Technique: Harmonics

Difficulty: Advanced | Guitar used: Fender Stratocaster | Tuning: Standard

In this lesson I’m going to investigate the four common techniques used on the guitar to sound harmonics. I wise man once told me that notes are made up of a fundamental (which is the loudest element) and several harmonics. Usually we only hear the fundamental but on the guitar you can use techniques to play just the harmonic element of a note whilst dampening the fundamental.

Natural Harmonics

These are the easiest to sound and you’re probably already familiar with these. Lightly rest a finger directly over any string at the 12th fret then play the note. Natural harmonics can also be found at the 5th and 7th frets although you may need a bit of gain on the amp to hear them clearly.

Artificial Harmonics

This is basically a technique to play natural harmonics anywhere on the fretboard. You already know that you can sound a natural harmonic 12 frets above an open string so it makes sense that if you were holding a note on the 2nd fret, it’s natural harmonic would be on the 14th fret.

So keeping with this example fret the 1st string, 2nd fret with your fretting hand. With your picking hand, lightly rest your first finger over the 1st string, 14th fret and play the string with your pinky (or with a pick held by the thumb and third finger) whilst keeping the first finger over the 14th fret to sound the harmonic.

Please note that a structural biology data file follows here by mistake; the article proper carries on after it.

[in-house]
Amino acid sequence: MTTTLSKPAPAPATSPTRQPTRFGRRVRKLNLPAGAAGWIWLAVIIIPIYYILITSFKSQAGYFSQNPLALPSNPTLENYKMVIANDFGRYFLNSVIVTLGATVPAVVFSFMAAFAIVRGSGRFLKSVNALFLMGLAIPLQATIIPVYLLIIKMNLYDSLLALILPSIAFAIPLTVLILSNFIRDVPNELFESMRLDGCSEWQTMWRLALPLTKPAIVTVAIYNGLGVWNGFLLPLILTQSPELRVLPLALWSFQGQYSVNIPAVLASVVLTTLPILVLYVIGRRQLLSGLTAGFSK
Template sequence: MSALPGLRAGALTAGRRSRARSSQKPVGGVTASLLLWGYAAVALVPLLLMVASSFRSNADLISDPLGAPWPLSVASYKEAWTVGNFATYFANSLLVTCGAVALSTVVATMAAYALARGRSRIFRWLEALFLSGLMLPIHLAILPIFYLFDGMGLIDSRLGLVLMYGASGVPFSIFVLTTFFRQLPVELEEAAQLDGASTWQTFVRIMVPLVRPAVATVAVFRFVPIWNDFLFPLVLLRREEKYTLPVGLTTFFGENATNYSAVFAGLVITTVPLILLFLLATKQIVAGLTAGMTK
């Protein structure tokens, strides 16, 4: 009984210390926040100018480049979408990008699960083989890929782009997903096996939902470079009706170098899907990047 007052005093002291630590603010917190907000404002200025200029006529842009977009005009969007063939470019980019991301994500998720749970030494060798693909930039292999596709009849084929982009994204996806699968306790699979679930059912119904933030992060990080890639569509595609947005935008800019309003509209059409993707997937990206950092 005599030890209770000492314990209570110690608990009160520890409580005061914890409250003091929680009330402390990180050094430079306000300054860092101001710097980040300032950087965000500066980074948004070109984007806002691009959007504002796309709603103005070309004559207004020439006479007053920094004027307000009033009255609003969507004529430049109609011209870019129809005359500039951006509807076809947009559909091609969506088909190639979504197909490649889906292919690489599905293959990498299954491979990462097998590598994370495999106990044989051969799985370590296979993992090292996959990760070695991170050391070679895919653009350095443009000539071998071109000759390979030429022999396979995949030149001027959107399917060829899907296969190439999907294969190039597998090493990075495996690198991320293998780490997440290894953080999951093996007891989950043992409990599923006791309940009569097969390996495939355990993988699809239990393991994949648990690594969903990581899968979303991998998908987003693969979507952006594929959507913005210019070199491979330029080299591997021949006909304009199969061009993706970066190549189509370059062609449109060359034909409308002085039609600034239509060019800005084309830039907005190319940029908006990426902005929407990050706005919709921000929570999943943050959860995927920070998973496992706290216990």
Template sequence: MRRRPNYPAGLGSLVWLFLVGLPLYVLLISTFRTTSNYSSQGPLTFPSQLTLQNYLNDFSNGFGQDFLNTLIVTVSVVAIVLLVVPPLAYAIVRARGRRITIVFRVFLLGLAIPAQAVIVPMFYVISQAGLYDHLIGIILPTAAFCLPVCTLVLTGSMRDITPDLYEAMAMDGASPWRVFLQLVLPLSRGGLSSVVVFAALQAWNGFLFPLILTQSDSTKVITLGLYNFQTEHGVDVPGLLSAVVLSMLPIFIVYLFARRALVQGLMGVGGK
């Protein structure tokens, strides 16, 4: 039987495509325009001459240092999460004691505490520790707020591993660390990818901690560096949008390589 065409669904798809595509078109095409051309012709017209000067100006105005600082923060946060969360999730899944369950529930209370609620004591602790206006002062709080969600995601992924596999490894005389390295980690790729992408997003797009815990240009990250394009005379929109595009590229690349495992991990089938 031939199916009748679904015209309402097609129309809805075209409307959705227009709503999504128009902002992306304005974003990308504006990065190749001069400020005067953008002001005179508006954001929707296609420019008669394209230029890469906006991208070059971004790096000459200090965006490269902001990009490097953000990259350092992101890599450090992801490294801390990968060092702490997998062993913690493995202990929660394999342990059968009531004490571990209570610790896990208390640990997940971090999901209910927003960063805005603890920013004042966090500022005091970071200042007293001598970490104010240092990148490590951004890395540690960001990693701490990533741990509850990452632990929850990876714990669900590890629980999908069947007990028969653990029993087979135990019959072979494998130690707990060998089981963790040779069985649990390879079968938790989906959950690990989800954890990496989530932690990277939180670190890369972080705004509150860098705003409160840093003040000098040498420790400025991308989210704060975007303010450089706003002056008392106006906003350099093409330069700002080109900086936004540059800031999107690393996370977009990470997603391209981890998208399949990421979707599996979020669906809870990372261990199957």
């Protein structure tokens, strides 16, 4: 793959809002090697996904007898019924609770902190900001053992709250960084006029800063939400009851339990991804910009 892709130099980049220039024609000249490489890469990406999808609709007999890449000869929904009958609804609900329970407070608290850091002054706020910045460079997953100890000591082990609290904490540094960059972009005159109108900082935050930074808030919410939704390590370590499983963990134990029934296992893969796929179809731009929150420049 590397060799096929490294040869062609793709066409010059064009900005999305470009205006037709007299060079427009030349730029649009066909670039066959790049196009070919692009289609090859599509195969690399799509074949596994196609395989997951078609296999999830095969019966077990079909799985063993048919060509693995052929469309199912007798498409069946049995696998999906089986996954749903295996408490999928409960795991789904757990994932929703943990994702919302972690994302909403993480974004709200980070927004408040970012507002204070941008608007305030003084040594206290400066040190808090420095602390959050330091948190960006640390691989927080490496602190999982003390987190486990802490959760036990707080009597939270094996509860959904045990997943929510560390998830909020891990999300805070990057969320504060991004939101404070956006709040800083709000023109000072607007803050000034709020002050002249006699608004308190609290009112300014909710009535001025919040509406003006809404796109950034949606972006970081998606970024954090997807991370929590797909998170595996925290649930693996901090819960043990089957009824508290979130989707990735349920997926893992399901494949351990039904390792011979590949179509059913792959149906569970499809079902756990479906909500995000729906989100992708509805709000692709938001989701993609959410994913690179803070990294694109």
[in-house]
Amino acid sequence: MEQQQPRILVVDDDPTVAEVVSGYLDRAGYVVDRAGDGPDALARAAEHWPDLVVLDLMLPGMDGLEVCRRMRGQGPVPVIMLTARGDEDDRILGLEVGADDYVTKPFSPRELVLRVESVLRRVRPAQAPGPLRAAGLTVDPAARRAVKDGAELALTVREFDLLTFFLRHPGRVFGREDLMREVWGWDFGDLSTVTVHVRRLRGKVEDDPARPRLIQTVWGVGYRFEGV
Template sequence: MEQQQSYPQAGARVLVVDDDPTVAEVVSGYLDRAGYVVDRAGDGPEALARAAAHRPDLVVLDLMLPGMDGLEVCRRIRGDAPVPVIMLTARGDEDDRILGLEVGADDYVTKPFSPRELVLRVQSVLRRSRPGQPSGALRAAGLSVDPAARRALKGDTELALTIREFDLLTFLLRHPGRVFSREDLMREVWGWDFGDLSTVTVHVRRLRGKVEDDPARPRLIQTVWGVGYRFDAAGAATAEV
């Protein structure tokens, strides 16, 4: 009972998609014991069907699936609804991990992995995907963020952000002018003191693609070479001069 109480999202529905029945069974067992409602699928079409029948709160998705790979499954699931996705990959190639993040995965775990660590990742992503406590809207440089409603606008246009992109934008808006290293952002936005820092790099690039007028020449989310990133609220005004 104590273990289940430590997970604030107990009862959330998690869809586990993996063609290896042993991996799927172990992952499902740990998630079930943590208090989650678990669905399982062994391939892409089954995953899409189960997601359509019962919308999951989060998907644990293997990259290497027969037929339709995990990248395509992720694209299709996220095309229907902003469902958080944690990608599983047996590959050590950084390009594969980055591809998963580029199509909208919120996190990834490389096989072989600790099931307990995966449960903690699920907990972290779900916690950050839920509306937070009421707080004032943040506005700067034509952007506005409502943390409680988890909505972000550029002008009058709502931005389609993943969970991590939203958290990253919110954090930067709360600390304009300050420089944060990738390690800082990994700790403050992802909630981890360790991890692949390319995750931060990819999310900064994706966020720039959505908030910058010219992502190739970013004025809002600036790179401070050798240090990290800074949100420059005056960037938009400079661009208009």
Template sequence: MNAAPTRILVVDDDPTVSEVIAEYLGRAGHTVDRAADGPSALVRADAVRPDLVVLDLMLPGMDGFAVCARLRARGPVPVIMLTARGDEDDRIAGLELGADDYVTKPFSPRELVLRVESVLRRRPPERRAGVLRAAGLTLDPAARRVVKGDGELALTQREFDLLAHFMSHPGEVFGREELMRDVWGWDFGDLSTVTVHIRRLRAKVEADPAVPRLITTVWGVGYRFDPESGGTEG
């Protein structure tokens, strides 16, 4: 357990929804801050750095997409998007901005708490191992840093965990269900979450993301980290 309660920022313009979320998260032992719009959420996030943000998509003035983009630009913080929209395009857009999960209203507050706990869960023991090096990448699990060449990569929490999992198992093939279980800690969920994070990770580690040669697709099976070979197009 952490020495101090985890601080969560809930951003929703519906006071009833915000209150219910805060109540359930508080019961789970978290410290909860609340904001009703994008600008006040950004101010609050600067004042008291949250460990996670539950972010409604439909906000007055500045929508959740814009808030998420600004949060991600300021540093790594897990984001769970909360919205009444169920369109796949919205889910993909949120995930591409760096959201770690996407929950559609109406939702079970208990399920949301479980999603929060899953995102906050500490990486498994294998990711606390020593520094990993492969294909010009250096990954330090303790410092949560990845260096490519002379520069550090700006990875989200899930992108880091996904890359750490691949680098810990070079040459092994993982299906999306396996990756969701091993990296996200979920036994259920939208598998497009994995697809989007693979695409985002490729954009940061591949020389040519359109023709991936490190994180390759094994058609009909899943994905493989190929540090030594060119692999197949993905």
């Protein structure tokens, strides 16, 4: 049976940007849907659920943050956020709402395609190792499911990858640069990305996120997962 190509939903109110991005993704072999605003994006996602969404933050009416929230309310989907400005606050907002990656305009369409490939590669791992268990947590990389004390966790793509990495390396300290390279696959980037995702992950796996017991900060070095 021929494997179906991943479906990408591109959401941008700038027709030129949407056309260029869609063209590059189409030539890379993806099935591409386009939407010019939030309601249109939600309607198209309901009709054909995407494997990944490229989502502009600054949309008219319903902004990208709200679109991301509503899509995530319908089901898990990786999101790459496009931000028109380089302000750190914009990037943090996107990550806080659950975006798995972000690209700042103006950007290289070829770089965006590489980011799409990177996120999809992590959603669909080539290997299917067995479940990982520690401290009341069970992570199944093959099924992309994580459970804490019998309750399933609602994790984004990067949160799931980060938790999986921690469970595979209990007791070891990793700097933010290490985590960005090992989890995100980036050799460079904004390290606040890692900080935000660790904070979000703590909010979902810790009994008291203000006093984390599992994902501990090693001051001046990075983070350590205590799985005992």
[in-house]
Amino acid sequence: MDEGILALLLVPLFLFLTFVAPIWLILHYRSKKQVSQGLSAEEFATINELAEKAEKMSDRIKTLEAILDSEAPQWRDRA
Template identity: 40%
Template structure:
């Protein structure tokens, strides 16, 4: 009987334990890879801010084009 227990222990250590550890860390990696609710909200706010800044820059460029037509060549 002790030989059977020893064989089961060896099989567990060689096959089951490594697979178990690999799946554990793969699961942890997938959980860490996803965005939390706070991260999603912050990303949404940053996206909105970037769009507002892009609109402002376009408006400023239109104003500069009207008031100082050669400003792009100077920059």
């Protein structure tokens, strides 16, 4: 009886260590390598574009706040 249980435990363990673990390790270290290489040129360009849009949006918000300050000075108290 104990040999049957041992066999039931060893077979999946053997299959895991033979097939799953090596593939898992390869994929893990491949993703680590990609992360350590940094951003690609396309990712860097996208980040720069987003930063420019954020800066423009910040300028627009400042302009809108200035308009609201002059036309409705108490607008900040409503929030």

With practice this can be used to create new sounds and textures beyond standard picking. Check out this video at 1:32 to see them in action- Doyle Dykes.

Pinched Harmonics

Where would metal and hard rock be without the pinched harmonic! If you are learning this then do yourself a favour and use an electric guitar and crank up the overdrive. If you have any neighbours, do them a favour and use headphones!

Hold the pick so that only a small amount of it can be seen behind the thumb. Strike the string in one motion and aim to dig into the string with the pick whilst pinching with the thumb. There’s lots of  places where you can get cool sounds outside of the standard 12th and 7th frets- try the 2nd, 4th and 9th frets on the 1st, 2nd or 3rd strings. Metal guitarists combine this with the whammy bar to great effect!

Tapped Harmonics

I think Eddie Van Halen was the man who popularised this technique. Fret the note as usual but instead of picking the note tap the string directly over the fret 12 (or as indicated) frets higher. The trick is to release the ‘tap’ movement quickly and smoothly. This technique is commonly used in rock soloing but also by acoustic players using open tunings.

Example: Harmonics in action

  N.H    T.H              P.H        A.H   A.H       A.H        N.H

This is is a short progression I’ve written that shows all four harmonic techniques in action and some subtle additions.

Bar 1 starts off with a natural harmonic on the low E string and then introduces tapped harmonics. Strike both the 2nd and 3rd strings with your picking hand’s first finger. Bar 2 has a generic pentatonic lick leading to a pinched harmonic. Bar 3 contains a Cadd9 chord but you play the 3rd and 2nd strings using artificial harmonics.

In bar 4 you bend up to the fifth fret from the fourth, play an artificial harmonic on the 16th fret then release the bend! The final note is a natural harmonic on the 7th fret with a twist….You need to apply vibrato to the harmonic by bending the string behind the nut- literally push down on the string behind the nut of the guitar whilst the harmonic is left to ring out. This is a great way of creating vibrato when you’re not actually fretting a note!


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